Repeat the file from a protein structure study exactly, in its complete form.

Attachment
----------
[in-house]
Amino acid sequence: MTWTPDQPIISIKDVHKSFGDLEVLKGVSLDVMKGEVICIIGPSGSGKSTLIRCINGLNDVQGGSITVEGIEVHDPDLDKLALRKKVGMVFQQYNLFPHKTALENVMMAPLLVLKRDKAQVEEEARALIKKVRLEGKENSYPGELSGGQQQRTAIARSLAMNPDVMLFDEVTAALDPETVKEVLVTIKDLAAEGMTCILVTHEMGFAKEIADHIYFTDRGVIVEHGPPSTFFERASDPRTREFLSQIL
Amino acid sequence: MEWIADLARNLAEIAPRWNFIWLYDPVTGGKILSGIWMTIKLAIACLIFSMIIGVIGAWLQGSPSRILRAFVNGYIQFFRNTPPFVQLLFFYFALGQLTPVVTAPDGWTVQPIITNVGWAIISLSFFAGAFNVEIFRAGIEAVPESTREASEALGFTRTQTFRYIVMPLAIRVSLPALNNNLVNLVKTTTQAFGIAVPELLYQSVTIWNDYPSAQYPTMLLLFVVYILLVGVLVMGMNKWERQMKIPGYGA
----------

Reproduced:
[in-house]
Amino acid sequence: MTWTPDQPIISIKDVHKSFGDLEVLKGVSLDVMKGEVICIIGPSGSGKSTLIRCINGLNDVQGGSITVEGIEVHDPDLDKLALRKKVGMVFQQYNLFPHKTALENVMMAPLLVLKRDKAQVEEEARALIKKVRLEGKENSYPGELSGGQQQRTAIARSLAMNPDVMLFDEVTAALDPETVKEVLVTIKDLAAEGMTCILVTHEMGFAKEIADHIYFTDRGVIVEHGPPSTFFERASDPRTREFLSQIL
Amino acid sequence: MEWIADLARNLAEIAPRWNFIWLYDPVTGGKILSGIWMTIKLAIACLIFSMIIGVIGAWLQGSPSRILRAFVNGYIQFFRNTPPFVQLLFFYFALGQLTPVVTAPDGWTVQPIITNVGWAIISLSFFAGAFNVEIFRAGIEAVPESTREASEALGFTRTQTFRYIVMPLAIRVSLPALNNNLVNLVKTTTQAFGIAVPELLYQSVTIWNDYPSAQYPTMLLLFVVYILLVGVLVMGMNKWERQMKIPGYGA